• I really liked the Grandma and I will send flowers and a card to the funeral , what are your thoughts on attending the service?

I am very worried about the whole situation going forward, as it is very complicated (see my post “additional unauthorised occupants”). I contacted the NLA for advice. They gave me some advice on some legal aspects, but they couldn’t help me with managing the situation generally or answer some other questions I had, I was told to see a solicitor.

At this point I would just like to know what my options are. I apologise this is a long post, I just wanted to set the scene and give as much information as possible. If you only want to comment on one point please do, any information would be greatly appreciated however large or small.

I would like to say how I enjoy reading the articles and what an informative and great source of information Property 118 is. I would also like to thank members in advance for taking the time to read and comment on this post.



Charles King - Barrister-At-Law

8:47 AM, 27th October 2015
About 5 years ago

Dear Helen

This situation must be rather distressing and worrying for you but undoubtedly you have done nothing wrong legally – in fact as far as your legal responsibilities are concerned you have gone far above and beyond what you are obliged to do to support the family.

If the tenancy was in the Grandmother's sole name no-one has succession rights. You don't need to engage with the personal representatives or trouble yourself about a will.

If any family members move into the property they are squatters and may be committing a crime for which the police would help, or otherwise they would be liable to eviction by court order within 24 hours under the squatters possession procedure in the county court. You certainly don't have to take them in as tenants, and it is up to you whether you want to take the risk of doing so without positive credit checks.

As far as regaining possession of the late Grandmother's house is concerned: there is an extremely strong argument for saying that you can go back into the property and change the locks straight away without any formalities. Although an Assured Shorthold Tenancy is 'property' which can be passed on in a person's a will or upon intestacy, this is only ever of any practical significance if the deceased had a spouse living with them (section 17 of the Housing Act 1988). The tenancy does not automatically end when the tenant dies, but an Assured Shorthold Tenancy must by definition be the tenant's 'only or principal home', and a deceased person does not have a 'home'. No-one else has a right to be in the property at all apart from the tenant or anybody you have directly permitted to be there, and even they would have very few rights. As has been suggested is this string, giving the relatives 2 weeks to clear the property of the Grandmother's effects is one idea. Rent will continue to be payable until you have regained possession. The chances of you obtaining any further rent are quite slim, and reminding any relatives that the rent continues to be due for every day the property has not been returned to you may be a way to speed things along. It might be worth suggesting arranging further generous time for the family to remove belongings after you have changed the locks: that is a sympathetic way of allowing the family time to grieve whilst relieving them of the responsibility of liability for rent, and protecting your interests. Perhaps you could find a way for them to sort through belongings whilst you are there assessing the redecoration work?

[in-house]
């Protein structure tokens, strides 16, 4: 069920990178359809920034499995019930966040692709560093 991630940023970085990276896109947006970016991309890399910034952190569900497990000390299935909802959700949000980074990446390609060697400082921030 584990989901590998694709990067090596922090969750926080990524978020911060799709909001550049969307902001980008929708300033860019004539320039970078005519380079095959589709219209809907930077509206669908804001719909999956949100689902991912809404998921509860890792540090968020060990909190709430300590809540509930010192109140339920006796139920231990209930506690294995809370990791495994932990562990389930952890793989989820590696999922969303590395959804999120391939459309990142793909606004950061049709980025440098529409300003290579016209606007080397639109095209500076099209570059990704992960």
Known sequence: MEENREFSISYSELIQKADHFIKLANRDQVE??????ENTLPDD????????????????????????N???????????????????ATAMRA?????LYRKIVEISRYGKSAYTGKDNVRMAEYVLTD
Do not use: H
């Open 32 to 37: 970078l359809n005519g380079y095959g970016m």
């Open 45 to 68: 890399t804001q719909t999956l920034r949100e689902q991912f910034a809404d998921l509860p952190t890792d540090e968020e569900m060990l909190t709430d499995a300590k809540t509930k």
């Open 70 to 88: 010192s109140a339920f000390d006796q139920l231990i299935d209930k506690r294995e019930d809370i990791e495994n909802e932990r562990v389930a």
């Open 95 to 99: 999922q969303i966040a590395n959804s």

Attendance at the funeral is a matter of your personal preference, but it might be blurring the personal/professional boundaries. You may be in a situation where you are taking other family members to court soon. Alternatively the family may be worried themselves and may want the opportunity to talk about the practicalities now.

I hope this is of some help. Please do feel free to ring Cotswold Barristers for an initial free consultation if you want more advice (01242) 639 454.

Charles King

Helen (up North)

14:07 PM, 27th October 2015
About 5 years ago

Thank you for such a helpful and informative reply. This is such a relief, now I can move on to the next stage and make contact … fingers crossed!

Helen (up North)

16:32 PM, 27th October 2015
About 5 years ago

Is it true the Landlord is responsible for paying Council Tax when a tenant dies, if the tenant was out of the fixed term period and on a periodic (rolling) AST?

Darlington Landlord

19:38 PM, 27th October 2015
About 5 years ago

Reply to the comment left by "Helen " at "27/10/2015 - 16:32":

While there is still a tenancy the estate is responsible for council tax and standing charges from utility bills - ie. where the executor has not signed a deed of surrender and returned the keys (legally I am not 100% sure if this means probate has to have been given so hopefully those with legal expertise can advise).
Some local authorities still give a free period if the property is substantially unfurnished, of 1 month, or if you are lucky more.
If you inform the water company the property is empty they usually will suspend charges untill there is a new occupant (if there is a meter they just use the readings).
After the tenancy has ceased the electric and gas will be your responsibility but if no units have been used you can ask providers to waive standing charges on that basis. Most will if pushed agree.